Whatever your politics, it’s a safe bet that you too are glad the presidential election is finally behind us and we can just get on with business, life, and moving forward.
Yes, the country remains deeply divided and the waters we are about to cross with this new president are … well, uncharted.
But the key question on our mind as we begin this New Year and new administration is what will this all mean to commercial fishermen, their families, and to fishing communities here in New England.
For starters, there are those in the industry who are hoping, and advocating, for incoming President Donald Trump to recind or significantly alter President Obama’s recent declaration of the highly controversial Atlantic marine monument.
That seems unikely, but barring such action, fishermen are losing access to productive fishing grounds by what many consider overreaching protection of sensitive habitat.
Shifting gears, both Trump supporters and critics seem to agree that the incoming administration will likely be taking a more proactive “business friendly” approach to governing.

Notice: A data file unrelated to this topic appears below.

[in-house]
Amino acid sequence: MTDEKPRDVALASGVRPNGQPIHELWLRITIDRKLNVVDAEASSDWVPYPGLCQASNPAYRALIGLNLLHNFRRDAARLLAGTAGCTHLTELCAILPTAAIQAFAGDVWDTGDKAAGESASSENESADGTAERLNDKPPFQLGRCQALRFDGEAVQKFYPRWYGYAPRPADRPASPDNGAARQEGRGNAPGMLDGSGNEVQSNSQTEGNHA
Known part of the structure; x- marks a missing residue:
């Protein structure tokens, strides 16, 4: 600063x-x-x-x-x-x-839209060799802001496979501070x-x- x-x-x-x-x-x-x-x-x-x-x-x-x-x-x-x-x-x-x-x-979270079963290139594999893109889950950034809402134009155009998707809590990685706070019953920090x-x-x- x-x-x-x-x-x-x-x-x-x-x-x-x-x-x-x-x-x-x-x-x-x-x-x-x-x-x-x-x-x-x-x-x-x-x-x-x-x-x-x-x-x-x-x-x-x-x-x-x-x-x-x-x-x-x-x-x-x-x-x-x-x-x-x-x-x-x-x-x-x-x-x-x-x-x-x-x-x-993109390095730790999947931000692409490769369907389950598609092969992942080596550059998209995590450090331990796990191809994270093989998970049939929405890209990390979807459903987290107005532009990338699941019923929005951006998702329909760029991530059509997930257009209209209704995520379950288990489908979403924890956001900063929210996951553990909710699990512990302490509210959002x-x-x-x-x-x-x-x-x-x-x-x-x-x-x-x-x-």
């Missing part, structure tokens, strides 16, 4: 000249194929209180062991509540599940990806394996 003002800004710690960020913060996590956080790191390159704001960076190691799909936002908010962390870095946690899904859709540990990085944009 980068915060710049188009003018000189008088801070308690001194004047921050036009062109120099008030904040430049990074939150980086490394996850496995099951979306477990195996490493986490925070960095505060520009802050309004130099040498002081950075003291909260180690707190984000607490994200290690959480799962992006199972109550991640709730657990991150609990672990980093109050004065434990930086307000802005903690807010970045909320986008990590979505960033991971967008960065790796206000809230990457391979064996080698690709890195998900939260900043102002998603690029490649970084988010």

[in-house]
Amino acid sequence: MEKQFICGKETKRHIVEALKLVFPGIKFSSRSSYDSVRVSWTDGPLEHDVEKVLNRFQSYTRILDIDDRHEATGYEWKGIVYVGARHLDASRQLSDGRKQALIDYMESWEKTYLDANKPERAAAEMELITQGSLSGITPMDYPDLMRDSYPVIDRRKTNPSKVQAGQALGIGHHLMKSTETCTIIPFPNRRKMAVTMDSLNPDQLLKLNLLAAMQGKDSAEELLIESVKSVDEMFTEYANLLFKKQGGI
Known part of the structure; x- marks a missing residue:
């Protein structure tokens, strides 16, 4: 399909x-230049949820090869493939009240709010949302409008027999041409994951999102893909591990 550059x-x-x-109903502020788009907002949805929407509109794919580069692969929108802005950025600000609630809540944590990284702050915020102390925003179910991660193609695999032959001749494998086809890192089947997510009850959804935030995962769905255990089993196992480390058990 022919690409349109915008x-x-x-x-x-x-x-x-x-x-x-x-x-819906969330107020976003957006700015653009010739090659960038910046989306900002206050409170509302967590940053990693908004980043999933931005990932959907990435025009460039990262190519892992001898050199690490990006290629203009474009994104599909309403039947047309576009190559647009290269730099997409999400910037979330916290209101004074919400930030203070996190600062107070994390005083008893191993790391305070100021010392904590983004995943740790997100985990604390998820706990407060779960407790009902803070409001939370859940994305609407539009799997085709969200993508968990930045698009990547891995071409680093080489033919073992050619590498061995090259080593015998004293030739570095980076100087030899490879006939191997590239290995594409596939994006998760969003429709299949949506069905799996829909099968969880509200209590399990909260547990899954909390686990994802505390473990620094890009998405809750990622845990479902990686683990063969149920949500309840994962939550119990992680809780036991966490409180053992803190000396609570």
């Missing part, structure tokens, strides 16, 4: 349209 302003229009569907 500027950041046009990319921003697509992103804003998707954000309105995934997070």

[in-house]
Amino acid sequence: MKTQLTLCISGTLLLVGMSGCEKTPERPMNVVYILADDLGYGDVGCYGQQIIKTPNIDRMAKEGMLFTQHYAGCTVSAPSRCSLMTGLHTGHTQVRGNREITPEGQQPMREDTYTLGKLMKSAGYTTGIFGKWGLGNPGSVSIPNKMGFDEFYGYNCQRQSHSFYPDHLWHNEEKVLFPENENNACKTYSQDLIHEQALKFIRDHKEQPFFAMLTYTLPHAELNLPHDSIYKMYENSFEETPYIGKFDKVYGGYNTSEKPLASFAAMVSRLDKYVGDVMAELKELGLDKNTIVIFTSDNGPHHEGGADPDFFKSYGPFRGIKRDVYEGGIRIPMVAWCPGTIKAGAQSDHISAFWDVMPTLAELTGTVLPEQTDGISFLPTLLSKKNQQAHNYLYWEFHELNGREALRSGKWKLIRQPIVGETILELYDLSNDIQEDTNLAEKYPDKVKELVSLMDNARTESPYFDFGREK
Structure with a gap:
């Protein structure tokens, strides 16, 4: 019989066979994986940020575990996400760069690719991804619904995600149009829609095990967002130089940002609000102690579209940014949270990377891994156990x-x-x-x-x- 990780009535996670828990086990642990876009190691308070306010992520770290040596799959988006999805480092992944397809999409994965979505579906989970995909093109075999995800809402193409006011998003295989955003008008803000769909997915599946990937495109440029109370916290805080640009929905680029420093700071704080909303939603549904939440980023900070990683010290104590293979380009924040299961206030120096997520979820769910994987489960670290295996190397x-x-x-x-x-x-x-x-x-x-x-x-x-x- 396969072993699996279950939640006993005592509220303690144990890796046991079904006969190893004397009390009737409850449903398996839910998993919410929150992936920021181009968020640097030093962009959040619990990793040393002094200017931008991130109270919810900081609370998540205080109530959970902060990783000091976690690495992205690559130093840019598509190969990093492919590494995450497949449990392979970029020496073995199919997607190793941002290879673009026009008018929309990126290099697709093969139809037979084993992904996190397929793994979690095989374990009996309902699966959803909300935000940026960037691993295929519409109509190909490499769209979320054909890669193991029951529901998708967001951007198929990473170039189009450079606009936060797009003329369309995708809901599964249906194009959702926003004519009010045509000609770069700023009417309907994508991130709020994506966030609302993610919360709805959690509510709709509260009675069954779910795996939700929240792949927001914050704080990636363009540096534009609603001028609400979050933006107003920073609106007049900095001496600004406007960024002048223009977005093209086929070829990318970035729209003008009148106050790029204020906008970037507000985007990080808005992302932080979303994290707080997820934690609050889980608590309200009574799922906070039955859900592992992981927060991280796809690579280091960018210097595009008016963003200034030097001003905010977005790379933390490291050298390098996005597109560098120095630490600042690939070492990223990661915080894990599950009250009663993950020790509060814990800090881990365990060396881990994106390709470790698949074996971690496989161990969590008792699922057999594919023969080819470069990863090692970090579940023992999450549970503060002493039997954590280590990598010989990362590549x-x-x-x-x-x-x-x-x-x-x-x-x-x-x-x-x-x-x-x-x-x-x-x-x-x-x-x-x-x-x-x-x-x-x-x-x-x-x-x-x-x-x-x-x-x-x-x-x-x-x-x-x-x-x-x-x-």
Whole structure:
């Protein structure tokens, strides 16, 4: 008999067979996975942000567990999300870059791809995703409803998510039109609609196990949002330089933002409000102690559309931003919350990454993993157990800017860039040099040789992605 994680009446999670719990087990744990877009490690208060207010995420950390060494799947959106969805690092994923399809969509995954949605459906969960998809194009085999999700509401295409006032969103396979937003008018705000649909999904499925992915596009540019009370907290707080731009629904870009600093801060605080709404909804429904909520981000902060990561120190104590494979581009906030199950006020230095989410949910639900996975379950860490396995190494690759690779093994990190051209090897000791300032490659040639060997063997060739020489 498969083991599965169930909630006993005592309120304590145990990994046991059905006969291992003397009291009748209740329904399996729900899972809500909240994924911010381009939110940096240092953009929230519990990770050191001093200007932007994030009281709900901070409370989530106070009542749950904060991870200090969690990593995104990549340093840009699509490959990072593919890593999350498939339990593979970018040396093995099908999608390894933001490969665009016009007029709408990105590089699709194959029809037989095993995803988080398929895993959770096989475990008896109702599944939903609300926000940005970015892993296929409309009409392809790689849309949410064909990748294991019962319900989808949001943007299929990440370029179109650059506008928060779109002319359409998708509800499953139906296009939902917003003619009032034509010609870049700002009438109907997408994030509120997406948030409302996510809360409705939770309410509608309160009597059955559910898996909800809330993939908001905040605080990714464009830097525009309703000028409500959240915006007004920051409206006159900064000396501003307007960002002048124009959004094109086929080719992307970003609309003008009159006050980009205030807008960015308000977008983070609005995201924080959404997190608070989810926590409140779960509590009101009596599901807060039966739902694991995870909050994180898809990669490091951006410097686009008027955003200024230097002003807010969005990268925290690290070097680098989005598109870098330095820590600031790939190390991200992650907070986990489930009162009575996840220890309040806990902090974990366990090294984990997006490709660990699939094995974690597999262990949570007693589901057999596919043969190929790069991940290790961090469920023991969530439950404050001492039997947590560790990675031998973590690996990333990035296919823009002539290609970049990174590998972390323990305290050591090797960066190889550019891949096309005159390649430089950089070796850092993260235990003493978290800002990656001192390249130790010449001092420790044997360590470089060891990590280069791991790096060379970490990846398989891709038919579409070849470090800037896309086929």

But what does that mean, exactly?
On one hand, if new policies and relaxed regulations stimulate economic growth and increased consumer spending, that is good news for fishermen and anyone in the seafood business.
Seafood of all kinds, particularly key species landed here in New England, is still considered a luxury purchase by many US consumers. A robust economy could be expected to help lift prices and demand.
On the potential downside, however, there are indications that the Trump Administration will be much more aggressive in pursuing and expanding fossil fuel use.
While more domestically produced oil might mean stable or even declining prices for boat fuel, the prospect of opening more ocean floor to drilling here in New England should be a concern to all fishermen.
The industry is already trying to come to terms with wind power and its impacts on fishing activities. Any encroachment into fishing grounds by oil and gas development will, and must, face fierce resistance.
Lastly, fishermen and their families are – like millions of other Americans – wondering what to expect from an almost certain major overhaul of Obamacare.
We remain, as an industry, badly underinsured. And while the current plan is flawed, it does offer protection to many who have no other options.
Clearly, the Trump Administration and Congress face a massive challenge in revamping/replacing Obamacare. Let’s hope they get it right, along with all the rest. /cfn/
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